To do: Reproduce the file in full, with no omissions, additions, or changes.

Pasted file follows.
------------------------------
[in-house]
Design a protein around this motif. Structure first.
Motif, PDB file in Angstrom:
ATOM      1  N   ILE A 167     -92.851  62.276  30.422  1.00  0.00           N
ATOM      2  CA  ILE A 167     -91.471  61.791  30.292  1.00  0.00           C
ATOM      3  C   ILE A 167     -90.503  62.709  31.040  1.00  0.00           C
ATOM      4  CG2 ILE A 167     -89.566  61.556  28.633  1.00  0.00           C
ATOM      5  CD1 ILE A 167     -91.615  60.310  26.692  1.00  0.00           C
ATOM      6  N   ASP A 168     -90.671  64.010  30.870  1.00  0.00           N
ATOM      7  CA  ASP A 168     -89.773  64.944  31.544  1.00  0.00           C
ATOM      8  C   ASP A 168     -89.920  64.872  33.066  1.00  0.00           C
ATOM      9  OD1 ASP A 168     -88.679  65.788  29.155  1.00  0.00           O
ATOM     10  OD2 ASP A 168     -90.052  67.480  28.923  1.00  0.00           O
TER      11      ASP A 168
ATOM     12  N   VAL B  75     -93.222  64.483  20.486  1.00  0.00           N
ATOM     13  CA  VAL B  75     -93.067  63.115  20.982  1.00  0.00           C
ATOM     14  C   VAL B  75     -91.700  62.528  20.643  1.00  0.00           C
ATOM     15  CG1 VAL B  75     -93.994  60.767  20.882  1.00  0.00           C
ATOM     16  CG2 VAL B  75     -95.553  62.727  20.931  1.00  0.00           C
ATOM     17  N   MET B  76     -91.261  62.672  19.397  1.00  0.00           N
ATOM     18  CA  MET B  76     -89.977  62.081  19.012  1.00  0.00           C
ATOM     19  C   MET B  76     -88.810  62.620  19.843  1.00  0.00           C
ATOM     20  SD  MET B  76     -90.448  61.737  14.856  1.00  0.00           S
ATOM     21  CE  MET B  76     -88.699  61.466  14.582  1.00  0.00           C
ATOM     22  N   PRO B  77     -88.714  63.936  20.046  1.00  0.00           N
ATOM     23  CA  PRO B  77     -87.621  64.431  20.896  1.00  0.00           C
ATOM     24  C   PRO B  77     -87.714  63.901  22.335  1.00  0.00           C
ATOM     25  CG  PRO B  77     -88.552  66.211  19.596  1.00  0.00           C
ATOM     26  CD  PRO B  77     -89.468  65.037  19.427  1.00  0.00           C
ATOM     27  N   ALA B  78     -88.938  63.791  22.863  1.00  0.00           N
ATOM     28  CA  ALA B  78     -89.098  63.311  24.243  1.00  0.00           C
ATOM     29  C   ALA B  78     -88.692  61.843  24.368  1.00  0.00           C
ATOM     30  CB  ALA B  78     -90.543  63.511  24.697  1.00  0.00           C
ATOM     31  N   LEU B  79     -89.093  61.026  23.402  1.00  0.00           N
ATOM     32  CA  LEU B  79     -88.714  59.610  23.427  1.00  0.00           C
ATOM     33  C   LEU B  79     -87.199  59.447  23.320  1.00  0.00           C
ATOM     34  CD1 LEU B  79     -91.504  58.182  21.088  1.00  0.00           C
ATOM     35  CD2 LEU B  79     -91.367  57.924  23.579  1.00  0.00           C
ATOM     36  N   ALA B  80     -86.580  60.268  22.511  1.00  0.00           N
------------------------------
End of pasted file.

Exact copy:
[in-house]
Design a protein around this motif. Structure first.
Motif, PDB file in Angstrom:
ATOM      1  N   ILE A 167     -92.851  62.276  30.422  1.00  0.00           N
ATOM      2  CA  ILE A 167     -91.471  61.791  30.292  1.00  0.00           C
ATOM      3  C   ILE A 167     -90.503  62.709  31.040  1.00  0.00           C
ATOM      4  CG2 ILE A 167     -89.566  61.556  28.633  1.00  0.00           C
ATOM      5  CD1 ILE A 167     -91.615  60.310  26.692  1.00  0.00           C
ATOM      6  N   ASP A 168     -90.671  64.010  30.870  1.00  0.00           N
ATOM      7  CA  ASP A 168     -89.773  64.944  31.544  1.00  0.00           C
ATOM      8  C   ASP A 168     -89.920  64.872  33.066  1.00  0.00           C
ATOM      9  OD1 ASP A 168     -88.679  65.788  29.155  1.00  0.00           O
ATOM     10  OD2 ASP A 168     -90.052  67.480  28.923  1.00  0.00           O
TER      11      ASP A 168
ATOM     12  N   VAL B  75     -93.222  64.483  20.486  1.00  0.00           N
ATOM     13  CA  VAL B  75     -93.067  63.115  20.982  1.00  0.00           C
ATOM     14  C   VAL B  75     -91.700  62.528  20.643  1.00  0.00           C
ATOM     15  CG1 VAL B  75     -93.994  60.767  20.882  1.00  0.00           C
ATOM     16  CG2 VAL B  75     -95.553  62.727  20.931  1.00  0.00           C
ATOM     17  N   MET B  76     -91.261  62.672  19.397  1.00  0.00           N
ATOM     18  CA  MET B  76     -89.977  62.081  19.012  1.00  0.00           C
ATOM     19  C   MET B  76     -88.810  62.620  19.843  1.00  0.00           C
ATOM     20  SD  MET B  76     -90.448  61.737  14.856  1.00  0.00           S
ATOM     21  CE  MET B  76     -88.699  61.466  14.582  1.00  0.00           C
ATOM     22  N   PRO B  77     -88.714  63.936  20.046  1.00  0.00           N
ATOM     23  CA  PRO B  77     -87.621  64.431  20.896  1.00  0.00           C
ATOM     24  C   PRO B  77     -87.714  63.901  22.335  1.00  0.00           C
ATOM     25  CG  PRO B  77     -88.552  66.211  19.596  1.00  0.00           C
ATOM     26  CD  PRO B  77     -89.468  65.037  19.427  1.00  0.00           C
ATOM     27  N   ALA B  78     -88.938  63.791  22.863  1.00  0.00           N
ATOM     28  CA  ALA B  78     -89.098  63.311  24.243  1.00  0.00           C
ATOM     29  C   ALA B  78     -88.692  61.843  24.368  1.00  0.00           C
ATOM     30  CB  ALA B  78     -90.543  63.511  24.697  1.00  0.00           C
ATOM     31  N   LEU B  79     -89.093  61.026  23.402  1.00  0.00           N
ATOM     32  CA  LEU B  79     -88.714  59.610  23.427  1.00  0.00           C
ATOM     33  C   LEU B  79     -87.199  59.447  23.320  1.00  0.00           C
ATOM     34  CD1 LEU B  79     -91.504  58.182  21.088  1.00  0.00           C
ATOM     35  CD2 LEU B  79     -91.367  57.924  23.579  1.00  0.00           C
ATOM     36  N   ALA B  80     -86.580  60.268  22.511  1.00  0.00           N